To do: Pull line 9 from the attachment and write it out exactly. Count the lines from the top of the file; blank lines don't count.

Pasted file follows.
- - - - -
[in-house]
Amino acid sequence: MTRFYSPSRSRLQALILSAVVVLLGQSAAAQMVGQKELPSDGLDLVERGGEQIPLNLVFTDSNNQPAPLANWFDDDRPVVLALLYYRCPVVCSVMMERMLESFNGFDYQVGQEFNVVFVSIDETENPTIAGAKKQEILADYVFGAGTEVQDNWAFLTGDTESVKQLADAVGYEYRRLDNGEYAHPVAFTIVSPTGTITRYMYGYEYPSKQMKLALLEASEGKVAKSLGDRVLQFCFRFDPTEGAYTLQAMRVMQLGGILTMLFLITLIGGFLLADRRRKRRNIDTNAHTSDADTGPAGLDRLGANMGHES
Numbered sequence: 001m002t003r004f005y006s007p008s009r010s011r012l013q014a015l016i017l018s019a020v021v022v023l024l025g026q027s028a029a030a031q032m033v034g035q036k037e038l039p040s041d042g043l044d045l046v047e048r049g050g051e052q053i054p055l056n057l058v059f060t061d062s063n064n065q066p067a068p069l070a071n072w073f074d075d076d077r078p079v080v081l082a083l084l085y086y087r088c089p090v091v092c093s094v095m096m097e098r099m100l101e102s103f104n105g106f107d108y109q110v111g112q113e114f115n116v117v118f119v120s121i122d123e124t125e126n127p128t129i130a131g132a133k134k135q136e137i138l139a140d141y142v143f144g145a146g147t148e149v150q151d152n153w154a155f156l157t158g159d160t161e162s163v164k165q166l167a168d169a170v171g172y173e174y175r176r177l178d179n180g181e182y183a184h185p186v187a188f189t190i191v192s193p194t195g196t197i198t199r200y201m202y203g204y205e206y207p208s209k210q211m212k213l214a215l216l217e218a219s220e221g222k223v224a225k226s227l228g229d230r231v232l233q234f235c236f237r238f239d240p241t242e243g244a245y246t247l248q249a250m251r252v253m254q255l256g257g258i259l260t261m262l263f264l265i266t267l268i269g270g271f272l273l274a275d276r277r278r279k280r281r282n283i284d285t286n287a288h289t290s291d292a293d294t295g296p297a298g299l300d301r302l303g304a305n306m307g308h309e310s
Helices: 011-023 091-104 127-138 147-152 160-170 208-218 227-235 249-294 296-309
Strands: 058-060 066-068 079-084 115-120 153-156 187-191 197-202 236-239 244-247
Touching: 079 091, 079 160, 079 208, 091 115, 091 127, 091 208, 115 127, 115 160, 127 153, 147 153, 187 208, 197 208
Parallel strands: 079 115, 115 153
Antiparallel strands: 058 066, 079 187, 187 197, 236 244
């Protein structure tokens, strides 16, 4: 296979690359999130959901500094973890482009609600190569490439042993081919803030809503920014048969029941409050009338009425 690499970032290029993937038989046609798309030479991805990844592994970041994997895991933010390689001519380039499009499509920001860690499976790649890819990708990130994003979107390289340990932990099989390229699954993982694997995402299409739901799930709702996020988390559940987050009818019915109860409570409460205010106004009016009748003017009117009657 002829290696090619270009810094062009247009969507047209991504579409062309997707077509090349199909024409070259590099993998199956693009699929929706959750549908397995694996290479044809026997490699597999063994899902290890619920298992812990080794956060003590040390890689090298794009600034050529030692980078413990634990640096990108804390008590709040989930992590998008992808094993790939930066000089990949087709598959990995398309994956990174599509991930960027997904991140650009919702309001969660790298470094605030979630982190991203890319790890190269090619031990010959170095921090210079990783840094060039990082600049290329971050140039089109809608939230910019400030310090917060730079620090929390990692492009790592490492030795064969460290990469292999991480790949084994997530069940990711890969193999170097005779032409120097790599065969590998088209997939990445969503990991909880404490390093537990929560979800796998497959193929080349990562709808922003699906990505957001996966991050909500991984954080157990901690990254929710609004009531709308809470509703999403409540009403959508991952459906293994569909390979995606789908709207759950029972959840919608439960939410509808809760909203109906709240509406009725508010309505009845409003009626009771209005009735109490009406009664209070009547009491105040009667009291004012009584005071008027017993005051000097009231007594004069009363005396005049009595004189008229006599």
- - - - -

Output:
């Protein structure tokens, strides 16, 4: 296979690359999130959901500094973890482009609600190569490439042993081919803030809503920014048969029941409050009338009425 690499970032290029993937038989046609798309030479991805990844592994970041994997895991933010390689001519380039499009499509920001860690499976790649890819990708990130994003979107390289340990932990099989390229699954993982694997995402299409739901799930709702996020988390559940987050009818019915109860409570409460205010106004009016009748003017009117009657 002829290696090619270009810094062009247009969507047209991504579409062309997707077509090349199909024409070259590099993998199956693009699929929706959750549908397995694996290479044809026997490699597999063994899902290890619920298992812990080794956060003590040390890689090298794009600034050529030692980078413990634990640096990108804390008590709040989930992590998008992808094993790939930066000089990949087709598959990995398309994956990174599509991930960027997904991140650009919702309001969660790298470094605030979630982190991203890319790890190269090619031990010959170095921090210079990783840094060039990082600049290329971050140039089109809608939230910019400030310090917060730079620090929390990692492009790592490492030795064969460290990469292999991480790949084994997530069940990711890969193999170097005779032409120097790599065969590998088209997939990445969503990991909880404490390093537990929560979800796998497959193929080349990562709808922003699906990505957001996966991050909500991984954080157990901690990254929710609004009531709308809470509703999403409540009403959508991952459906293994569909390979995606789908709207759950029972959840919608439960939410509808809760909203109906709240509406009725508010309505009845409003009626009771209005009735109490009406009664209070009547009491105040009667009291004012009584005071008027017993005051000097009231007594004069009363005396005049009595004189008229006599």